3. Britain’s membership of the European Economic Community in 1972 was unlawful under the English constitution. The three simplest points of the argument are: it created another legislature over the Queen in Parliament and purports the
supremacy of EU legislation; it purports to bind future Parliaments contrary to a fundamental principle of the English constitution; and it establishes an alternative government by unelected foreign bodies without the consent of the British people. This argument is fully developed elsewhere. [2]

4. This being so, Article 50 of the EU Treaty does not bind us in international law either. Under the Vienna Convention on the Law of Treaties, no provision of an international treaty can override a fundamental constitutional principle of national law; moreover all treaty partners are presumed to be aware of each other’s constitutional principles. Parliamentary sovereignty in the UK is one such principle, and it cannot give way to any treaty provision. Indeed, a suggestion that sovereign rights of the Queen in Parliament could be in any sense limited by an international treaty is legal nonsense. Legally it was Parliament itself that limited its rights by passing the EEC Act 1972, but it retained the constitutional power to take those rights back at any time.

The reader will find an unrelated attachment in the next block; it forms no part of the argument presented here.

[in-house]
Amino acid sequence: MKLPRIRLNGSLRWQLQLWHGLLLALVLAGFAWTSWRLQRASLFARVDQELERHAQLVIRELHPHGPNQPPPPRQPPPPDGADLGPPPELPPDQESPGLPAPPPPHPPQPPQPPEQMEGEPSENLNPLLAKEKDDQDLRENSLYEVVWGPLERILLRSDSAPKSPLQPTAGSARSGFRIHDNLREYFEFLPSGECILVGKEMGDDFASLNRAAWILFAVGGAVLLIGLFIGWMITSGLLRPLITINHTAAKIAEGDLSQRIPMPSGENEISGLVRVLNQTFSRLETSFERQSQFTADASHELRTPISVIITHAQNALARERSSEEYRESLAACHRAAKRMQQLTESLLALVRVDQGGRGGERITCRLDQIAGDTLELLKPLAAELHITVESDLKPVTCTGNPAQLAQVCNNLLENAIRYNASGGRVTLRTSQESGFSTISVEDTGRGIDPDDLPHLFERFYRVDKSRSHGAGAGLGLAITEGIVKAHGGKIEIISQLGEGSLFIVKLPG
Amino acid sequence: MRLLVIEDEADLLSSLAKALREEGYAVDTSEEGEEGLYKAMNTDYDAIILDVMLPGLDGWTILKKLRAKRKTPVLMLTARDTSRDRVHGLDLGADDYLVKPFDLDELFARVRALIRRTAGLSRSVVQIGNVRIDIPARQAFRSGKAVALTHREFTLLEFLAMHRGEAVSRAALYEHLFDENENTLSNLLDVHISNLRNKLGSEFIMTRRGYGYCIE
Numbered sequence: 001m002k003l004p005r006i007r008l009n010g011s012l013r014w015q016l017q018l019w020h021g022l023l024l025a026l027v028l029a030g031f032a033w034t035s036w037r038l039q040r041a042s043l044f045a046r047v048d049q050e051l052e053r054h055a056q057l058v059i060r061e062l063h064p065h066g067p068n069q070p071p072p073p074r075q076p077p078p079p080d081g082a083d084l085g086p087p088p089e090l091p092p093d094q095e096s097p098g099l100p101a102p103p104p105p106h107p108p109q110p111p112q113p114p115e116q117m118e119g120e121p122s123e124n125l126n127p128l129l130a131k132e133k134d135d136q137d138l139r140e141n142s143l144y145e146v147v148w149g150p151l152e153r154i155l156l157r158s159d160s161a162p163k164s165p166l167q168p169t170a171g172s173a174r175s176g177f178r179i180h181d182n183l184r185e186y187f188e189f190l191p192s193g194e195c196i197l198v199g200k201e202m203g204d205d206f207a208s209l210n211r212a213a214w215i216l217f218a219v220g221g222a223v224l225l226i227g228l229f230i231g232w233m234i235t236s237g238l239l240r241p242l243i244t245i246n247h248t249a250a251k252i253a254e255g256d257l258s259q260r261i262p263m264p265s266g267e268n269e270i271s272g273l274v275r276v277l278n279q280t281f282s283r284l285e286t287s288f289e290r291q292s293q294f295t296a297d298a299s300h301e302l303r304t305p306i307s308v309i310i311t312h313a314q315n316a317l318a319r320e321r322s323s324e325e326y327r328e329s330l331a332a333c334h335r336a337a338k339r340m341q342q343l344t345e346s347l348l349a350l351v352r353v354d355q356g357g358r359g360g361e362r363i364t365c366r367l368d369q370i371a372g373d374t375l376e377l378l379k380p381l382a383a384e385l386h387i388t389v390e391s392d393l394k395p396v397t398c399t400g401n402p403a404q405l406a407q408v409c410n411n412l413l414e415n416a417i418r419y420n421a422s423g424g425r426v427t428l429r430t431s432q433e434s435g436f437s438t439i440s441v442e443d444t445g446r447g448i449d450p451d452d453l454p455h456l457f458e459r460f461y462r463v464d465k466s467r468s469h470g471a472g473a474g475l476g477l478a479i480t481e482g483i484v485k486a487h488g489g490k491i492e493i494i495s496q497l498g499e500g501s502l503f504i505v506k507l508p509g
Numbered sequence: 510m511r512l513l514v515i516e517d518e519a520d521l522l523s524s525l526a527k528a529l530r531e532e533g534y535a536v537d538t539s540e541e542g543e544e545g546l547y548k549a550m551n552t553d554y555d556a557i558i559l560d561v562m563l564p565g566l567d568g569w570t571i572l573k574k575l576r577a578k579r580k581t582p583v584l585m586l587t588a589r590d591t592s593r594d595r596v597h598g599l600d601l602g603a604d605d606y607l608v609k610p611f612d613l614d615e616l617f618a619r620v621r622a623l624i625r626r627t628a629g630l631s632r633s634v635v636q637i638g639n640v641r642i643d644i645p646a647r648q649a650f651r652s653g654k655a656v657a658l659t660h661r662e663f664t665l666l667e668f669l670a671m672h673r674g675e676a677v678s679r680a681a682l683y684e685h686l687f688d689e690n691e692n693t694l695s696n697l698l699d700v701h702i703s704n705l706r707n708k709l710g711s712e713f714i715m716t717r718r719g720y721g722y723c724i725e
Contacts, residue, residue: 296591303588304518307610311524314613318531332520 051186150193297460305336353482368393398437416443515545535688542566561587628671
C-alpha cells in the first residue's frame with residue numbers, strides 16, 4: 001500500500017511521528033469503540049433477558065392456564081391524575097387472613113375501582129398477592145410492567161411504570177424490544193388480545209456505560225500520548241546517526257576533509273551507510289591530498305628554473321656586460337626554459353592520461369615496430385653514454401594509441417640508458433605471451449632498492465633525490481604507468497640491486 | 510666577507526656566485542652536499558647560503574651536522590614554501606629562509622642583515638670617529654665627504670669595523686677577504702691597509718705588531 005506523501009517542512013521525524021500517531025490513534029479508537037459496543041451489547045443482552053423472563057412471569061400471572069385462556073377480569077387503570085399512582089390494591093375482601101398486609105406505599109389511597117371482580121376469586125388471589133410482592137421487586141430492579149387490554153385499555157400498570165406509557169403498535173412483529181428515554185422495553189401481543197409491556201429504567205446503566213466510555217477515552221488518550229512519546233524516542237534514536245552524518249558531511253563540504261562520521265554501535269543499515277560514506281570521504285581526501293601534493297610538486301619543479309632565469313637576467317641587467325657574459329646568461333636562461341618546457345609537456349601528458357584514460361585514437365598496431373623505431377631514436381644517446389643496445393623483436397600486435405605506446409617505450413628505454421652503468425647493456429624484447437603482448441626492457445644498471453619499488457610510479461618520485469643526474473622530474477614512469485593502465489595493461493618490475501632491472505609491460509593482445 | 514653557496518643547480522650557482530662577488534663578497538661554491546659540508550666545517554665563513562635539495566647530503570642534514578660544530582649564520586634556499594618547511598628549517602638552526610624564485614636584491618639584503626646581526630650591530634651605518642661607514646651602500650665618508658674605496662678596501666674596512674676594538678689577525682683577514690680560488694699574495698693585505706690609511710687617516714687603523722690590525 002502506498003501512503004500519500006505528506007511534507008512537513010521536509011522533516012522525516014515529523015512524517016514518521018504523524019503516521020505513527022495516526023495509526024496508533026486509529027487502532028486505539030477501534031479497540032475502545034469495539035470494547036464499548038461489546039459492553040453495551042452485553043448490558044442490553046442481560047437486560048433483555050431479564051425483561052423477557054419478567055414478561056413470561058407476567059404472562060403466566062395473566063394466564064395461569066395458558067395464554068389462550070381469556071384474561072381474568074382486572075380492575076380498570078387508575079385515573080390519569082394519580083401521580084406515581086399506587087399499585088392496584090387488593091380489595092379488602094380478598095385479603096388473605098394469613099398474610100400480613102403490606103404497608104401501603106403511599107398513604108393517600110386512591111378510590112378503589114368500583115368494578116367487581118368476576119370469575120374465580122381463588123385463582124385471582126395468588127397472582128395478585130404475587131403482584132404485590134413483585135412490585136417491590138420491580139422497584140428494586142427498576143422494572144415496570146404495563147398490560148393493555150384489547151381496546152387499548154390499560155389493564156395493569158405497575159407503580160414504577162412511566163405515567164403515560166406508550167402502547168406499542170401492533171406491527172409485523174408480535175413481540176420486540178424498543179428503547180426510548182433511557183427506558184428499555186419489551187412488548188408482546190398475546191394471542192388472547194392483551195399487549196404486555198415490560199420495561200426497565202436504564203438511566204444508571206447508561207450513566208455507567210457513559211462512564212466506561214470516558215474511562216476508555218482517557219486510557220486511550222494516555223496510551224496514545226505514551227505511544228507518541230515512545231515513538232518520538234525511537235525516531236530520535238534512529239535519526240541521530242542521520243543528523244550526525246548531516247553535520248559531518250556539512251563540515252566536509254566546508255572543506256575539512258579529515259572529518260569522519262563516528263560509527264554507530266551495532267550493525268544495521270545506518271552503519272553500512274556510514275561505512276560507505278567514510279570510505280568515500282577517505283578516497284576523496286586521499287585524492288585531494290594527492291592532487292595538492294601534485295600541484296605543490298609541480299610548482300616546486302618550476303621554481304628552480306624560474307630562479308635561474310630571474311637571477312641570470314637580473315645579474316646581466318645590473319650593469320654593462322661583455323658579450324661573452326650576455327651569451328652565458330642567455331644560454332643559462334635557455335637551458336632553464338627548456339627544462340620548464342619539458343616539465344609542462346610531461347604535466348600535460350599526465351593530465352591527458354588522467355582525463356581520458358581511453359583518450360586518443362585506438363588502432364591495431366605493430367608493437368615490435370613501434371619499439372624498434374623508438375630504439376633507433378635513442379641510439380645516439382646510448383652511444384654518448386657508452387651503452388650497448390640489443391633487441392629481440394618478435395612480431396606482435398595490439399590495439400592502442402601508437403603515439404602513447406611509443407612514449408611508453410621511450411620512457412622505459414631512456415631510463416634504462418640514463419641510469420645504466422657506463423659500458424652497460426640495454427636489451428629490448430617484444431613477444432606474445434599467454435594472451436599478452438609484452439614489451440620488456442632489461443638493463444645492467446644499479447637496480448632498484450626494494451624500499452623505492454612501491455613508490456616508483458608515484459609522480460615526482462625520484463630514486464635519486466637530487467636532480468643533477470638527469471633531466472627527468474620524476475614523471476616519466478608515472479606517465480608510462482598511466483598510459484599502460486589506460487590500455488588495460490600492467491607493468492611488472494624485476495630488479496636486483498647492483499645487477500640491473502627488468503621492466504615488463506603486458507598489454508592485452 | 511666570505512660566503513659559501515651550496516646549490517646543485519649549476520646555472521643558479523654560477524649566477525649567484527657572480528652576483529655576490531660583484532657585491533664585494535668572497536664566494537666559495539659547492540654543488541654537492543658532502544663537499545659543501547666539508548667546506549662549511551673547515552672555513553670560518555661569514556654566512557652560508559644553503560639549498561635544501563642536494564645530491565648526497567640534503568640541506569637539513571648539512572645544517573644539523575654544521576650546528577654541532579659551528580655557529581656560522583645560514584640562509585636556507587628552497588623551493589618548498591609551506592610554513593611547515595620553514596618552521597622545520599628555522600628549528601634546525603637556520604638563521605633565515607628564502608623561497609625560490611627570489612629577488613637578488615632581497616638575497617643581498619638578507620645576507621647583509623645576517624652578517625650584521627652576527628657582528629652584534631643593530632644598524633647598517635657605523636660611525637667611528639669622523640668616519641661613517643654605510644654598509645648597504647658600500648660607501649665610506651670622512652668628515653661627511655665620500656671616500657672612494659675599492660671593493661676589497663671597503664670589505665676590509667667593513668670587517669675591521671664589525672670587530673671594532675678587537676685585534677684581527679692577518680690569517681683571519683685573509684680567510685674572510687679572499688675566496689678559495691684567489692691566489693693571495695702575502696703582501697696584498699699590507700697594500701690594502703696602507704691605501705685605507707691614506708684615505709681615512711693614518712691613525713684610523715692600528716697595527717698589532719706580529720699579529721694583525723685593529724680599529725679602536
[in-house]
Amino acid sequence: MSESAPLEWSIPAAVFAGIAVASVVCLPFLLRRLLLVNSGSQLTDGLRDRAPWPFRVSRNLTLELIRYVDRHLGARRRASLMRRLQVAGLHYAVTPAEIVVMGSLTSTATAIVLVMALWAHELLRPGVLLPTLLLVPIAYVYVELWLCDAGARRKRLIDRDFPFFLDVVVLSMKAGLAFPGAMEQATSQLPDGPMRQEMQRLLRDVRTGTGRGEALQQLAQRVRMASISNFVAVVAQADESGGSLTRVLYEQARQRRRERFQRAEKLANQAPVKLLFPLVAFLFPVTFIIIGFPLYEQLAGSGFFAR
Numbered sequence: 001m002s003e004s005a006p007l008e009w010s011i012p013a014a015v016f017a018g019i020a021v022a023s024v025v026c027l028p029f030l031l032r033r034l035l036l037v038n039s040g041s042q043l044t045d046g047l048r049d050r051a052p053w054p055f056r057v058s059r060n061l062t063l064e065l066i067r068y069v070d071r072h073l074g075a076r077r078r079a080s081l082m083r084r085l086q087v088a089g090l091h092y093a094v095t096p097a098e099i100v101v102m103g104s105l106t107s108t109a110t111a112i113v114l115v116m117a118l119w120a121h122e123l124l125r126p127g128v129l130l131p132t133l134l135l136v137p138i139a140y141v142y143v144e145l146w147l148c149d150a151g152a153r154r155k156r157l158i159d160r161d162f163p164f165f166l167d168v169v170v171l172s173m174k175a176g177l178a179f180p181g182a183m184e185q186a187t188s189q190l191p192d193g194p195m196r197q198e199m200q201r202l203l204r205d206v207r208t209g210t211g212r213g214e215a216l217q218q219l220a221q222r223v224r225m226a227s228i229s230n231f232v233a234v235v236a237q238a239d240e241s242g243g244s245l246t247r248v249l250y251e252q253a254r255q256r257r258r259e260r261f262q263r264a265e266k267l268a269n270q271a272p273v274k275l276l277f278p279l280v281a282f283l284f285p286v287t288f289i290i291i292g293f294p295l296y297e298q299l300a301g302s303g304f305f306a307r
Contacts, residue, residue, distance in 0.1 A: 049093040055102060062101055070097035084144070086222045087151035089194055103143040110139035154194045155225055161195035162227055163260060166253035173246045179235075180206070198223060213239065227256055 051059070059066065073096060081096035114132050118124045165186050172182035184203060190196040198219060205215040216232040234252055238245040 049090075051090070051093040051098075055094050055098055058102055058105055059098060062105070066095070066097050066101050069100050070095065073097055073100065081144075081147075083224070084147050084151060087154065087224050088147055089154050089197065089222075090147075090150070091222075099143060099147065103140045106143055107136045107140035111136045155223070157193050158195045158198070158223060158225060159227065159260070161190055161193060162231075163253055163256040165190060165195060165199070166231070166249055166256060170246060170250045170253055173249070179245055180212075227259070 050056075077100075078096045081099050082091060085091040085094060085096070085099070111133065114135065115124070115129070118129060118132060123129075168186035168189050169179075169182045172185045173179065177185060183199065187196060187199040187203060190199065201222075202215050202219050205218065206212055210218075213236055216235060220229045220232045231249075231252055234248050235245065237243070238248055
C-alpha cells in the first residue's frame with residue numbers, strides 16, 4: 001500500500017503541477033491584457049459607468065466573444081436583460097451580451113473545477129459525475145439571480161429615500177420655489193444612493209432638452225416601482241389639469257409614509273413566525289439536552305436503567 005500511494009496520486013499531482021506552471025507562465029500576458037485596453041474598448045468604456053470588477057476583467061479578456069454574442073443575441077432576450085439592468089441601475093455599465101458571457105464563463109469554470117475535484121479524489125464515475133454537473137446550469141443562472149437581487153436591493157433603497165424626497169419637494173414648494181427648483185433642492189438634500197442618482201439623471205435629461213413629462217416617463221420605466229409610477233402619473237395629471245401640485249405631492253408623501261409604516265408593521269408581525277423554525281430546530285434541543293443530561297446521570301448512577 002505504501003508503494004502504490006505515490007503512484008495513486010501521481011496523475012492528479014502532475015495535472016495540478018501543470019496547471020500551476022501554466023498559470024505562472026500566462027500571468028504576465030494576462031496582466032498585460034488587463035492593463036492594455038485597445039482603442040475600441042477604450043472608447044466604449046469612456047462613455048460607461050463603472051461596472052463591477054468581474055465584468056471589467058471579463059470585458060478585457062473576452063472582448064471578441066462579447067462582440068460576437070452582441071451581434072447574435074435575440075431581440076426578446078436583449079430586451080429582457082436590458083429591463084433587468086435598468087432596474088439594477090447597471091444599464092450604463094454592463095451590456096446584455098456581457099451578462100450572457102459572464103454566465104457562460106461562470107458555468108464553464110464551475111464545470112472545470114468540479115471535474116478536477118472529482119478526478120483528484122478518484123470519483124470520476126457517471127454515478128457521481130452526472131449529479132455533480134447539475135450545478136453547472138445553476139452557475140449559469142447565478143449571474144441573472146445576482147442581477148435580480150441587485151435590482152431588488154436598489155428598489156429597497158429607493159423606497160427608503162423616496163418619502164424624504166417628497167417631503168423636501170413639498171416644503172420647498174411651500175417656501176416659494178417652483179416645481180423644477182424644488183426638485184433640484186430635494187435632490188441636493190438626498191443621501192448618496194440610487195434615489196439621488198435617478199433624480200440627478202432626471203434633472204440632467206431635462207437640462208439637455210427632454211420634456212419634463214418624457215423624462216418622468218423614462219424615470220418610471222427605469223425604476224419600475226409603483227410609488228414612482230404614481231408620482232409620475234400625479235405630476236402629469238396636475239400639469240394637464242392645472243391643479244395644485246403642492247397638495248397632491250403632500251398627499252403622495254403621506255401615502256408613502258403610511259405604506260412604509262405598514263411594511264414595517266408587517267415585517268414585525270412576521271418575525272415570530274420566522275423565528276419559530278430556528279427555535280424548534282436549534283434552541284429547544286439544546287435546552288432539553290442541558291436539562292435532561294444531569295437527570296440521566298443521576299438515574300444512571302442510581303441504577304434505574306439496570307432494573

5. Furthermore, the right to national self-determination is one of the first principles of international law – see the Atlantic Charter, the UN Charter, the International Covenant on Civil and Political Rights, etc. In international law, there is no end of precedents of unilateral declarations of independence: from the American Revolution to the collapse of the USSR. While all such declarations technically breached the imperial law (similar to Article 50 TEU) not only are they considered compatible with the international law – they form the very basis of international law as we know it. International law is based on the interaction of sovereign nations, many of whom derive their legal personality precisely from unilateral declarations of independence.

6. To sum up, a unilateral and unconditional withdrawal would be perfectly legal both under our own Constitution, and under international law.

Unconditional Withdrawal is in the British National Interest

Negotiations with the EU on withdrawal would be pointless, indeed counterproductive. The EU cannot permit a precedent of a successful withdrawal on beneficial terms as this might encourage the withdrawal of more Member States. The EU would most likely try to make the negotiations as difficult as possible, ending in the most onerous terms for Britain. Article 50 of the Lisbon Treaty is a trap that countries intending to leave the European Union should not allow themselves to be drawn into.

Leaving the EU would give Britain back power over its own Trade Policy (now determined by the EU). What we should then do is deal bilaterally or even multilaterally with the nations of Europe, not with the EU. National governments at least have to worry about their voters, and will find it much more difficult to sacrifice their economic interests to punish us for ideological reasons.